But while the social lives of liturgical males revolved around the saloon, their wives stayed at home. While pietist women were increasingly independent and politically active, the lives of liturgical women revolved solely about home and hearth. Politics was strictly an avocation for husbands and sons. Perceiving this, the pietists began to push for women's suffrage, realizing that far more pietist than liturgical women would take advantage of the power to vote.
[...]A laboratory test of which women would turn out to vote occurred; in Massachusetts, where women were given the power to vote in school board elections from 1879 on. In 1888, large numbers of Protestant women in Boston turned out to drive Catholics off the school board. In contrast, Catholic women scarcely voted, "thereby validating the, nativist tendencies of suffragists who believed that extension of full suffrage to women would provide a barrier against further Catholic influence.”
[...]One way of correcting the increasingly pro-Catholic demographics was to restrict immigration; another to promote women's suffrage. A third way, often promoted in the name of "science," was eugenics, an increasingly popular doctrine of the progressive movement. Broadly, eugenics may be defined as encouraging the breeding of the "fit" and discouraging the breeding of the "unfit," the criteria of "fitness" often coinciding with the cleavage between native, white Protestants and the foreign born or Catholics—or the white-black cleavage. In extreme cases, the unfit were to be coercively sterilized.
[...]Many observers, indeed, reported in wonder at the strongly religious tone of the Progressive party convention. Theodore Roosevelt's acceptance address was significantly entitled, "A Confession of Faith," and his words were punctuated by "amens" and by a continual singing of Christian hymns by the assembled delegates. They sang "Onward, Christian Soldiers," "The Battle Hymn of the Republic," and finally the revivalist hymn, "Follow, Follow, We Will Follow Jesus," except that "Roosevelt" replaced the word "Jesus" at every turn.
[...] Thus the foundations of today's massive state intervention in the internal life of the American family were laid in the so-called "progressive era" from the 1870s to the 1920s. Pietists and "progressives" united to control the material and sexual choices of the rest of the American people, their drinking habits, and their recreational preferences. Their values, the very nurture and education of their children, were to be determined by their betters. The spiritual, biological, political, intellectual, and moral elite would govern, through state power, the character and quality of American family life.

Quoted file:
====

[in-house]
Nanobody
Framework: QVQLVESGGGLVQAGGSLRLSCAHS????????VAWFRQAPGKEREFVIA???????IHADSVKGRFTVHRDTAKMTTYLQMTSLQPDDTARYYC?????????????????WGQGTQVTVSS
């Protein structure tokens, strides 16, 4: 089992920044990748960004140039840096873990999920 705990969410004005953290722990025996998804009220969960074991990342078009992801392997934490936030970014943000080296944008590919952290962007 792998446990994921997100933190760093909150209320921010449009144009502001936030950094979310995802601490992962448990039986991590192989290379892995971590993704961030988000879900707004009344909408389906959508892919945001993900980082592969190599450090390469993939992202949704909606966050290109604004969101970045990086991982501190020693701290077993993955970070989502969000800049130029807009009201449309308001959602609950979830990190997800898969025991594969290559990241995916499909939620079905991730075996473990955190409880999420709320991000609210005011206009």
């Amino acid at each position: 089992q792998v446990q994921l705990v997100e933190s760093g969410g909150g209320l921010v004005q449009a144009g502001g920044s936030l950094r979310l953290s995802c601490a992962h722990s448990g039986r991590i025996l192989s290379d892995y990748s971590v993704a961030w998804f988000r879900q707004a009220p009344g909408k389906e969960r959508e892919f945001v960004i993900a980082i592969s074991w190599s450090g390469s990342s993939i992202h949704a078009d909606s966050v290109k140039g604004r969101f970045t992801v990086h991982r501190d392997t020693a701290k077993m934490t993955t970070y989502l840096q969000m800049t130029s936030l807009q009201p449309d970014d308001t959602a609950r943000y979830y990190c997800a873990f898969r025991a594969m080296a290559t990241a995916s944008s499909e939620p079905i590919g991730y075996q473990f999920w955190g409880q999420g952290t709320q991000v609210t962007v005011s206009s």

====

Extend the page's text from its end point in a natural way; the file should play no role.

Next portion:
[...]It has been known for decades that the Progressive Era was marked by a radical growth in the extension and dominance of government in America's economic, social, and cultural life. For decades, this great leap into statism was naively interpreted by historians as a simple response to the greater need for planning and regulation of an increasingly complex economy. In recent years, however, historians have come to see that increasing statism on a federal and state level can be better interpreted as a profitable alliance between certain business and industrial interests, looking for government to cartelize their industry after private efforts for cartels and monopoly had failed, and intellectuals, academics, and technocrats seeking jobs to help regulate and plan the economy as well as restriction of entry into their professions. In short, the Progressive Era re-created the age-old alliance between Big Government, large business firms, and opinion-molding intellectuals—an alliance that had most recently been embodied in the mercantilist system of the sixteenth through eighteenth centuries.